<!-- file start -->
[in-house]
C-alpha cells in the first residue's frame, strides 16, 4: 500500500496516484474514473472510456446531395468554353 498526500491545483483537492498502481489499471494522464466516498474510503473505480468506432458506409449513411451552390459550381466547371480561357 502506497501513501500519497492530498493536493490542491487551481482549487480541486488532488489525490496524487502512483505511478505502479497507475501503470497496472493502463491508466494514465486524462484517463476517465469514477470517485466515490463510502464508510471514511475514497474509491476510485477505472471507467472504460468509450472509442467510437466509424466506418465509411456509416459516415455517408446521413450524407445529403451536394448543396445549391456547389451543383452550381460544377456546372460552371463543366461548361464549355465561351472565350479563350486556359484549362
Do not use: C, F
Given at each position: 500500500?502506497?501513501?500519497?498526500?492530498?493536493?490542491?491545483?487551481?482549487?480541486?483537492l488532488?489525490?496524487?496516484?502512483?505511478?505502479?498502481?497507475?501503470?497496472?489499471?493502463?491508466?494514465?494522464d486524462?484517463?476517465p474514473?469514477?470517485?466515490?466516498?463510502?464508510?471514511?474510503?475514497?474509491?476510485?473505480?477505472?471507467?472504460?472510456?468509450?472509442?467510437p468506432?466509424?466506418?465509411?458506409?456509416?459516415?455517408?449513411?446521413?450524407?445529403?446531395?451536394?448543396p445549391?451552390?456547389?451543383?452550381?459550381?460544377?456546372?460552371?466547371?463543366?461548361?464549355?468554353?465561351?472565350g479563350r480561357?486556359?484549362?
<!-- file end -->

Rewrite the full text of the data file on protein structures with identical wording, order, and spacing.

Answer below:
[in-house]
C-alpha cells in the first residue's frame, strides 16, 4: 500500500496516484474514473472510456446531395468554353 498526500491545483483537492498502481489499471494522464466516498474510503473505480468506432458506409449513411451552390459550381466547371480561357 502506497501513501500519497492530498493536493490542491487551481482549487480541486488532488489525490496524487502512483505511478505502479497507475501503470497496472493502463491508466494514465486524462484517463476517465469514477470517485466515490463510502464508510471514511475514497474509491476510485477505472471507467472504460468509450472509442467510437466509424466506418465509411456509416459516415455517408446521413450524407445529403451536394448543396445549391456547389451543383452550381460544377456546372460552371463543366461548361464549355465561351472565350479563350486556359484549362
Do not use: C, F
Given at each position: 500500500?502506497?501513501?500519497?498526500?492530498?493536493?490542491?491545483?487551481?482549487?480541486?483537492l488532488?489525490?496524487?496516484?502512483?505511478?505502479?498502481?497507475?501503470?497496472?489499471?493502463?491508466?494514465?494522464d486524462?484517463?476517465p474514473?469514477?470517485?466515490?466516498?463510502?464508510?471514511?474510503?475514497?474509491?476510485?473505480?477505472?471507467?472504460?472510456?468509450?472509442?467510437p468506432?466509424?466506418?465509411?458506409?456509416?459516415?455517408?449513411?446521413?450524407?445529403?446531395?451536394?448543396p445549391?451552390?456547389?451543383?452550381?459550381?460544377?456546372?460552371?466547371?463543366?461548361?464549355?468554353?465561351?472565350g479563350r480561357?486556359?484549362?